So I haven’t posted in a very long time. “Very long time” doesn’t even cut it anymore, this blog was dead. Frozen. I guess it’s safe to say I’m not a dedicated blogger, let’s agree on that. Also I’ll never talk about posting regularly again. That mission has failed.
Now that’s covered: I’m planning on running a small old school D&D campaign in the near future and I was assembling my own best version of Dungeons and Dragons for this purpose. There will be a wilderness hexmap to explore, scattered with treasures, dungeons and deathtraps. I want a somewhat believable campaign world, true struggle for survival and an overall dark undertone. Also I want the players to experience a sense of advancement, wonder and significance as to who their characters are beyond stats and equipment. This post is just my subjective version of the best possible OSR rules to achieve this with.
First of all, I chose a retroclone as a basis for the game and Lamentations of the Flame Princess was the obvious choice. The neat blend of old school rules-lightness, hardcore “realism” and grim weirdness fits my desired theme perfectly. I will also have the Basic Fantasy Role-Playing Game 3rd Edition rules at the game table, for some handy additional rulings, tables and whatnot (there are quite some useful rules for wilderness travel and special encounter situations in there, also treasure and encounter tables and traps and the like). Both of those games are available as free PDFs, by the way. Lastly, I house-rule the shit out of this bitch for taste. (Much of which is inspired by the Beyond the Wall RPG.)
LotFP has a 1d6 skill system. Many grognards would call that a new school feature, adding unneccessary die rolls and character skill over player skill elements. Personally, I enjoy a reasonable dose of character skill in my old school gaming, as it makes performing difficult tasks within the game world more meaningful and gives a foundation for mechanically relevant advancement of what a character is able to do, over the course of play. In addition to the LotFP standard skills, I add at least the skills “Lore” and “Medicine” both with a base 1 in 6 chance of success.
This is modified by intelligence, just like languages, and it is used to check wether a character knows a fact about the game world that is not common knowledge to him/her. The specialist can of course add points to this skill.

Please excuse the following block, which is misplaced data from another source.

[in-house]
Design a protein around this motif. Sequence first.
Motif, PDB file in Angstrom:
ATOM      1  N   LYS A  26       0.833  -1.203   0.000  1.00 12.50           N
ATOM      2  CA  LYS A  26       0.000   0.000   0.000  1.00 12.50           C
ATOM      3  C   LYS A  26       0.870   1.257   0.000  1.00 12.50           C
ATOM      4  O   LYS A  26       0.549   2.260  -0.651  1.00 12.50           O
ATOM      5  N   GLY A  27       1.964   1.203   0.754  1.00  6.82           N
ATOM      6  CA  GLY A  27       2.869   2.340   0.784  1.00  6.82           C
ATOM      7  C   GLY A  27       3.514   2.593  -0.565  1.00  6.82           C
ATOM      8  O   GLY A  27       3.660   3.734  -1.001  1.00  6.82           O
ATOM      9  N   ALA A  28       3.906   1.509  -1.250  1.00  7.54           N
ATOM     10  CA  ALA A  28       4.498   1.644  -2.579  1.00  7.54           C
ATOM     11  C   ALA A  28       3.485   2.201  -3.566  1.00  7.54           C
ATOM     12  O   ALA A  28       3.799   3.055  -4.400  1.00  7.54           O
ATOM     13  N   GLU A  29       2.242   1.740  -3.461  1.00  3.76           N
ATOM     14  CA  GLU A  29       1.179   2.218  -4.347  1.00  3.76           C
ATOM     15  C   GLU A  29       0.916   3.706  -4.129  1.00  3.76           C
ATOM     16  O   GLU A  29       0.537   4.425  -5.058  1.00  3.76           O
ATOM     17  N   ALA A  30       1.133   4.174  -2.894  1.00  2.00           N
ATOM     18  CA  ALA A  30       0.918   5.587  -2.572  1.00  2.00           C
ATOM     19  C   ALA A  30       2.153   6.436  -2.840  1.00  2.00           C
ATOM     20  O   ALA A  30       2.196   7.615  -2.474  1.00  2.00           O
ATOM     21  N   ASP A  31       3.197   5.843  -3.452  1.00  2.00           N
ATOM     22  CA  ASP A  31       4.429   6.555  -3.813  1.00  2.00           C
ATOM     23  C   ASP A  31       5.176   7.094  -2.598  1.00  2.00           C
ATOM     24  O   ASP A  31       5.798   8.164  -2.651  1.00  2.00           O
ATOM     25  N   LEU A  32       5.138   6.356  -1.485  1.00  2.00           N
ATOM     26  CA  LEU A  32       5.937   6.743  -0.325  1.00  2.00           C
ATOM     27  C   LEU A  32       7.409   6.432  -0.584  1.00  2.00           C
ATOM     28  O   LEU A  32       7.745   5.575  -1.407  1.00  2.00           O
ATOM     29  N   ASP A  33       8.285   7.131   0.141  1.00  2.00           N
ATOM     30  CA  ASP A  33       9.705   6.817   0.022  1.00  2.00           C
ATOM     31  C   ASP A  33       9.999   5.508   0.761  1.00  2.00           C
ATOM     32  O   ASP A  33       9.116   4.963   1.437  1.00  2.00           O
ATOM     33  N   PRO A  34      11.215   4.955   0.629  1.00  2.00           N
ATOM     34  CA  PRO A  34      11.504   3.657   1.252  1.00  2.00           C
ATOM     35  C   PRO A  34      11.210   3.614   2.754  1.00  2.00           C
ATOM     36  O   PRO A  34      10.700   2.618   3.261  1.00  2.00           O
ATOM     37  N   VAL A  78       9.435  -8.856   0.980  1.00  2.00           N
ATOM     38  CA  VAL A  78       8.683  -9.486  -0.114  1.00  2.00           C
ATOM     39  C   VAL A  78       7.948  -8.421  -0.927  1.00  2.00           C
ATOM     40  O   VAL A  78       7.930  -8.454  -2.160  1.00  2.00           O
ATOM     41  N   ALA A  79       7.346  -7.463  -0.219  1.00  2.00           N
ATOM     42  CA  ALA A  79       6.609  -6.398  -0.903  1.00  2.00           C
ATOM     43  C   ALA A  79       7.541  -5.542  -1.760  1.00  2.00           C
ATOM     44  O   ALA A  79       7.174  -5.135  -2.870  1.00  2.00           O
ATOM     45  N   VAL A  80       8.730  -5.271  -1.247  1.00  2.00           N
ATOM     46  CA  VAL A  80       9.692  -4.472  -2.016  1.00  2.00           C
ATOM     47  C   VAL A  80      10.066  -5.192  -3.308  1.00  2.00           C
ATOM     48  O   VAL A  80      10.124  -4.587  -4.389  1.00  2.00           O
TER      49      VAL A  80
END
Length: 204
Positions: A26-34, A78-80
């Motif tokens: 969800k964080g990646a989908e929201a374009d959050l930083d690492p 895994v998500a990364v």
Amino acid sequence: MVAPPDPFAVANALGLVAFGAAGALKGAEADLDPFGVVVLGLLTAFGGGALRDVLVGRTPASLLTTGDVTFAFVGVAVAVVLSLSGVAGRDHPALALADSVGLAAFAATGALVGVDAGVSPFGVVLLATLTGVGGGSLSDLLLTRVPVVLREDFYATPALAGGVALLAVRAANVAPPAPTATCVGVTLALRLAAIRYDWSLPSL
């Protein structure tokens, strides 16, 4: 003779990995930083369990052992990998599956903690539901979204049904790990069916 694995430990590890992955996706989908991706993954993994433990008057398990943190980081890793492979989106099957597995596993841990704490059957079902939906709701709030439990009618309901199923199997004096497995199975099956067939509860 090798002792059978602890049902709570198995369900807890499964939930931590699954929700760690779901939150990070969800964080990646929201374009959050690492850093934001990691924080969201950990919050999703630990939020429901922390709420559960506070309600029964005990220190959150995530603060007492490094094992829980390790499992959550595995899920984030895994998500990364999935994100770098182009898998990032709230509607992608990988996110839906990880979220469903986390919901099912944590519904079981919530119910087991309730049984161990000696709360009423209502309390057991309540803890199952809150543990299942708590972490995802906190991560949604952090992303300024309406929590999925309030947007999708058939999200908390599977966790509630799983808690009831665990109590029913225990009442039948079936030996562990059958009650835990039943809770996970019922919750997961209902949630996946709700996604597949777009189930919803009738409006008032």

This is unmodified with a base 1 in 6 chance. It’s used to stop bleeding, clean wounds and the like. It’s neccessary to prevent characters of 0 hit points and lower from dying within a day (if no magical means of healing are employed). It’s neccessary to prevent infection after any injury that incorporated hit point loss. If an injured character has not gotten any medical attention, save against poison the next night (or after a full day), otherwise the wounds get infected. As long as the character is infected, he/she can not recover hit points and looses further 1d6 hit points every night he/she doesn’t save against poison. A successful save ends the infection. A successful medical treatment of a character with infected wounds grants him/her advantage (see below) on these saves. A professional retainer (such as the physician) succeeds automatically on either medicine check.
A pack with medicinal equipment is worth 1 sp per use (regardless of wether that use was successful or not).
I will possibly introduce some additional skill(s), if it appears to be reasonable to do so during play.
In addition to the skill system, I will make use of roll-under ability checks for any task that requires resolution and is neither an application of a skill, a save, nor an attack. I consider resolution by die to be required, whenever I’m in doubt about the outcome. Also, I scrap the “open doors” pseudo skill and handle such situations by roll-under strength instead. This means: Rolling a d20 and succeeding when at or lower than a task-specific ability score (ST, DEX, CON, INT, WIS or CHA). Other examples would be a difficult jump (DEX), performing a complex ritual (INT), lying convincingly (CHA) or sensing a motive (WIS). I will demand (or execute behind the screen) such rolls only, when determination of success by player skill or cirumstances remains inconclusive. (It so happens that this predicament arises quite often when I’m the referee.)
LotFP doesn’t add the CHA modifier on reaction rolls, being quite firm about the dominance of player over character skill. As I’m already allowing ability scores to determine the outcome of various actions, it is only consistent that I also add the CHA modifier to reaction rolls.